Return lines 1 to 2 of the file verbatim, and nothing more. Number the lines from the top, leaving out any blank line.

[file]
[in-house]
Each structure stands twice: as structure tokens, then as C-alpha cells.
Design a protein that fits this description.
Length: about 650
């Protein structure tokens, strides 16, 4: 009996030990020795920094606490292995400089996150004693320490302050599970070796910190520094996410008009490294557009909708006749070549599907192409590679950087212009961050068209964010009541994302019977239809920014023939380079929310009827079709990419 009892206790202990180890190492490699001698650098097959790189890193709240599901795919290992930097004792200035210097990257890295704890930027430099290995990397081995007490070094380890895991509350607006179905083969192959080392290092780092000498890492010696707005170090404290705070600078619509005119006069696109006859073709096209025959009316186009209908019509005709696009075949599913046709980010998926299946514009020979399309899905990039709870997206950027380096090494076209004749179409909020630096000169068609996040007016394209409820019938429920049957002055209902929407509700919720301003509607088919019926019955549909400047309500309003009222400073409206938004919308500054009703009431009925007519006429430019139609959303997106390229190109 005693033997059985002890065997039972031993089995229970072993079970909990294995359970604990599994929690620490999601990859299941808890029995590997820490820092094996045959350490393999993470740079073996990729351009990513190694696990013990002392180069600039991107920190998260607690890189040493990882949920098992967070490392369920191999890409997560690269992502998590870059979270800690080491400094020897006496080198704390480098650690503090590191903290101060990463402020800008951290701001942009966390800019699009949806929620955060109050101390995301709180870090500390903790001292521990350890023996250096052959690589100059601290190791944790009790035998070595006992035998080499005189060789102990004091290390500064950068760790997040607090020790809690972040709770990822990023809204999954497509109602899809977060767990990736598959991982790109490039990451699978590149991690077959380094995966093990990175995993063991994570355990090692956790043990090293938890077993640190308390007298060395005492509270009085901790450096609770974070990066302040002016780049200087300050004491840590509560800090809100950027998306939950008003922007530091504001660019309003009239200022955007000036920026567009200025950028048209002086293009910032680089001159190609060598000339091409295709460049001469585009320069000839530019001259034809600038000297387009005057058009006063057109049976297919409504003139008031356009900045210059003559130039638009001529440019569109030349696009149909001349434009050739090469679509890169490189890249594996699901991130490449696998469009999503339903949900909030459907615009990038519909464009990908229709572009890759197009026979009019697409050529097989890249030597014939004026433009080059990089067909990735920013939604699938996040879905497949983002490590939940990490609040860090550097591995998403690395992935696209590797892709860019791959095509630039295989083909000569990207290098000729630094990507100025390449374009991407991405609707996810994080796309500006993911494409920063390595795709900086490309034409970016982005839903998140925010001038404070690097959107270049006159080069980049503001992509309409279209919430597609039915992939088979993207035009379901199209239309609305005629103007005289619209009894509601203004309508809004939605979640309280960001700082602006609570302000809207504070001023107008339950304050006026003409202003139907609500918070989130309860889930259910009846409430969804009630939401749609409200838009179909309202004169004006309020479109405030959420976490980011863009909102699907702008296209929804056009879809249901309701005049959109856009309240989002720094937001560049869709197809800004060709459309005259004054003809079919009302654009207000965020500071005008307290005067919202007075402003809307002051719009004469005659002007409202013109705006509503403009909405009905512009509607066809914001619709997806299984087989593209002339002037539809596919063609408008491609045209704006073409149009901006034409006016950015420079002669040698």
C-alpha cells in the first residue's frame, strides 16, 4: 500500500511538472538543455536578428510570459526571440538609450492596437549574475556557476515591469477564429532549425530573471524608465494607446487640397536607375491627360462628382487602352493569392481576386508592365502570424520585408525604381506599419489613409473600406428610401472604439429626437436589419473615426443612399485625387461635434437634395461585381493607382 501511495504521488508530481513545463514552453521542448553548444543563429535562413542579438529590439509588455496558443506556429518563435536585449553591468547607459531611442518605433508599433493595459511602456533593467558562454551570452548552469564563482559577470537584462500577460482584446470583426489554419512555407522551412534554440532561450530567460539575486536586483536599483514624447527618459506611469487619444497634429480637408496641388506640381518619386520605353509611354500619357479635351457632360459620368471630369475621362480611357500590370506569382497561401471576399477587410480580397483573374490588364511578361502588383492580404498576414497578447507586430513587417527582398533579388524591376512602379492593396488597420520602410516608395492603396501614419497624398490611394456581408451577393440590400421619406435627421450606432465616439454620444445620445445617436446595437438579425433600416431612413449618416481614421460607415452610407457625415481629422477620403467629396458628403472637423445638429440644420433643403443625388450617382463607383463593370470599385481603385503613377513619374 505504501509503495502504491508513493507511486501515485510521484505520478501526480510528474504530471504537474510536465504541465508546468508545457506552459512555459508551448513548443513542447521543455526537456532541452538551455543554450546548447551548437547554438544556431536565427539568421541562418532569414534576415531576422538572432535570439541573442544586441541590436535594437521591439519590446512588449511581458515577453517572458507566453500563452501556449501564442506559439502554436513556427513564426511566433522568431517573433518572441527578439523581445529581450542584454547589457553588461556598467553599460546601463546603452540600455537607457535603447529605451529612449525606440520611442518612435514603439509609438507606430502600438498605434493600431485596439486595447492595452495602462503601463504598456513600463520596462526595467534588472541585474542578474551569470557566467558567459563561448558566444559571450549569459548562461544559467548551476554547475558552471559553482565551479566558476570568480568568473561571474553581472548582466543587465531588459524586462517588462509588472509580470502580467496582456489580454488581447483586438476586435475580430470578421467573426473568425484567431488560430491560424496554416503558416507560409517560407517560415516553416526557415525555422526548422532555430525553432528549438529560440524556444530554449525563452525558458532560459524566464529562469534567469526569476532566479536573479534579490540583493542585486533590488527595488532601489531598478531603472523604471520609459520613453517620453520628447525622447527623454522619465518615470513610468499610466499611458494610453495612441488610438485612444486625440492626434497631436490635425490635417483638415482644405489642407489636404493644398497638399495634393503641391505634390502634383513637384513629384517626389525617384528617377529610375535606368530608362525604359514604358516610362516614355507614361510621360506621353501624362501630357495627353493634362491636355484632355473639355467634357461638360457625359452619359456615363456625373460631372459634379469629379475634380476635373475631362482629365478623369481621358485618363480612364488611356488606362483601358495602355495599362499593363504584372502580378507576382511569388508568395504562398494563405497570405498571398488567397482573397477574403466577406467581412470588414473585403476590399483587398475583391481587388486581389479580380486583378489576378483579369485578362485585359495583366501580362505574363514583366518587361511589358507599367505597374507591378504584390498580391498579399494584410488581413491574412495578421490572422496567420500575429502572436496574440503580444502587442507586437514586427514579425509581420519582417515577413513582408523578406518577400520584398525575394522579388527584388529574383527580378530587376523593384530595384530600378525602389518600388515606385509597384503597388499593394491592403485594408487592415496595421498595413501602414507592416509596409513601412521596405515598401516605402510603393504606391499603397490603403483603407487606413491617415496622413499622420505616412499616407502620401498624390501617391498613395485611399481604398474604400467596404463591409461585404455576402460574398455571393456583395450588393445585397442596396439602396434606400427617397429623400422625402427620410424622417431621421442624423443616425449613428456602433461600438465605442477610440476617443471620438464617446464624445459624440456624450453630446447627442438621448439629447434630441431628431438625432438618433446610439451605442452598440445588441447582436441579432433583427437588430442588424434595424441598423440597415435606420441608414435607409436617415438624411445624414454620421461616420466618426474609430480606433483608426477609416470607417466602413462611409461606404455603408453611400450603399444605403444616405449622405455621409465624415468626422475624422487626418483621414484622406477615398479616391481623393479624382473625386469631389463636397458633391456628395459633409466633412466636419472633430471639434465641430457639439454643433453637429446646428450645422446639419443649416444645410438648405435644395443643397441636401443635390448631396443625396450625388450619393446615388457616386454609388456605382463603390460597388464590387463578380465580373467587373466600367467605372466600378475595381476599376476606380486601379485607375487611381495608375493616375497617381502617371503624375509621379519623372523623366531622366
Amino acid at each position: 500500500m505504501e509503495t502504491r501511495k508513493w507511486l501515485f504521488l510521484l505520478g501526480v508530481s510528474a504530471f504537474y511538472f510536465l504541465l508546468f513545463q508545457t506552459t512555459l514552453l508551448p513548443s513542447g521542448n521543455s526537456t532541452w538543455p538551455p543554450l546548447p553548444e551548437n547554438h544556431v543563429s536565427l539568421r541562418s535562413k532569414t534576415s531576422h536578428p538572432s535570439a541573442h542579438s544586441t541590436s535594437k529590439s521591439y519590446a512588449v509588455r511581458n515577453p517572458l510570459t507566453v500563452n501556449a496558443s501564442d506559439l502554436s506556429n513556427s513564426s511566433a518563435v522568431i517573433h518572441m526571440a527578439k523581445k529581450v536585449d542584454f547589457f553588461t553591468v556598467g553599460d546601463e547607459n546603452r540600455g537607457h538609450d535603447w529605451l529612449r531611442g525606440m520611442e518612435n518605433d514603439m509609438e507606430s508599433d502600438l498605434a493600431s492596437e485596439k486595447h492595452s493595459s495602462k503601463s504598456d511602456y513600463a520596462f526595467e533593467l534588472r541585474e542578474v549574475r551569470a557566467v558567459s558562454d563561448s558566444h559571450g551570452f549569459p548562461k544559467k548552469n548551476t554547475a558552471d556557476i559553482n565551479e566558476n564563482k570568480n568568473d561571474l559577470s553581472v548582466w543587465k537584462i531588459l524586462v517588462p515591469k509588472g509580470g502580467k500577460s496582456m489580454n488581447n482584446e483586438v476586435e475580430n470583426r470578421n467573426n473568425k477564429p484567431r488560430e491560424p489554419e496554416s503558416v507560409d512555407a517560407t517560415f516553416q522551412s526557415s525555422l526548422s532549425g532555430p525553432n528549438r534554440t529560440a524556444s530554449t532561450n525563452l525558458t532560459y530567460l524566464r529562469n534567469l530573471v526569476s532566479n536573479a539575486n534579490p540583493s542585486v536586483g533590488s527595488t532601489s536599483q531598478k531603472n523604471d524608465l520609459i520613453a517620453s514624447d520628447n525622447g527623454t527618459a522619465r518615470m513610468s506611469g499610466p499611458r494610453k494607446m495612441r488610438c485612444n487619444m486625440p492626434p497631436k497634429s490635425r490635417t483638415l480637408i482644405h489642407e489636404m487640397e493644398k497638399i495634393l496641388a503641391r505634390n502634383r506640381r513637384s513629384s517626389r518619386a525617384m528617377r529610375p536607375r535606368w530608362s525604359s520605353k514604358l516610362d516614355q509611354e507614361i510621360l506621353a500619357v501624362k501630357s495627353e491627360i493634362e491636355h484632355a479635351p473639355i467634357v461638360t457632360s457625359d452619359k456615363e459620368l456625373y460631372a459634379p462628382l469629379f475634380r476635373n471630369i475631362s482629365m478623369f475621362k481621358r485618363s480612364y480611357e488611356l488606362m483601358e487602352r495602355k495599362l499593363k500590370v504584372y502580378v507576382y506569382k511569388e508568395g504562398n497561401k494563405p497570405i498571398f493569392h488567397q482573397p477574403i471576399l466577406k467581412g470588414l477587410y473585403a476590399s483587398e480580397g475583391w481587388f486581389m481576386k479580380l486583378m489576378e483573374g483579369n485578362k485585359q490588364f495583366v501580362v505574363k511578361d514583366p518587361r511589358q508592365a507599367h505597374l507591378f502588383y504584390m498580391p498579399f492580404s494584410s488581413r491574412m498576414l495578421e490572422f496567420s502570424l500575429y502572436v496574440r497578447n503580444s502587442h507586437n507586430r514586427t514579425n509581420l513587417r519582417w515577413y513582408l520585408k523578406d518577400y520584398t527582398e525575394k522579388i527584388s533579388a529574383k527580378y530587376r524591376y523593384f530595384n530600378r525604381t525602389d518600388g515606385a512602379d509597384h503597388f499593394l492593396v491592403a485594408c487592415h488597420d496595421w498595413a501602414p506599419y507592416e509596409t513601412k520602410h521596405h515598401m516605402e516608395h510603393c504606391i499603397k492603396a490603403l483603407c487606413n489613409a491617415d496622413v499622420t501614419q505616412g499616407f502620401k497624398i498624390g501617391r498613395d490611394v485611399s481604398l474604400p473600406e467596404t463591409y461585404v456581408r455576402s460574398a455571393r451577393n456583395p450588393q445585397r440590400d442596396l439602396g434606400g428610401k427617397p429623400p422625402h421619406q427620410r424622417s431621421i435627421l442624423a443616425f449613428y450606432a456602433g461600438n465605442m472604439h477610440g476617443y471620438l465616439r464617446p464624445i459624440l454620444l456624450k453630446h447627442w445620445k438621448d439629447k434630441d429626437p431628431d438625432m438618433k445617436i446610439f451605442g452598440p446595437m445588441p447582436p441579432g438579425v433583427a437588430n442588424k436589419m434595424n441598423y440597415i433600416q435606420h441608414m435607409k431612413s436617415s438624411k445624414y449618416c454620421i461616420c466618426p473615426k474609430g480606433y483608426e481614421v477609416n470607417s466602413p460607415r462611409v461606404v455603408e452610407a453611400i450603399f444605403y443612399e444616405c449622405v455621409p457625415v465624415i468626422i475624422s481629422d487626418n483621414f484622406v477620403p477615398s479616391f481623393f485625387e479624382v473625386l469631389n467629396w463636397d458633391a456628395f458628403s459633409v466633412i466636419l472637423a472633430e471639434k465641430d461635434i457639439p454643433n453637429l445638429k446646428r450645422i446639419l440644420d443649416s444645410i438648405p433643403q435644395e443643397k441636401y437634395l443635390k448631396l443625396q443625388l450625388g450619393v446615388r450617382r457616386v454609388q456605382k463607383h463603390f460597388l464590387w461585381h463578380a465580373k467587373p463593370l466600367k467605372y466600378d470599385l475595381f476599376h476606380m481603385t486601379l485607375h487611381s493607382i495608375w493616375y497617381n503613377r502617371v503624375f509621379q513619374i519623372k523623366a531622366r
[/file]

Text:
[in-house]
Each structure stands twice: as structure tokens, then as C-alpha cells.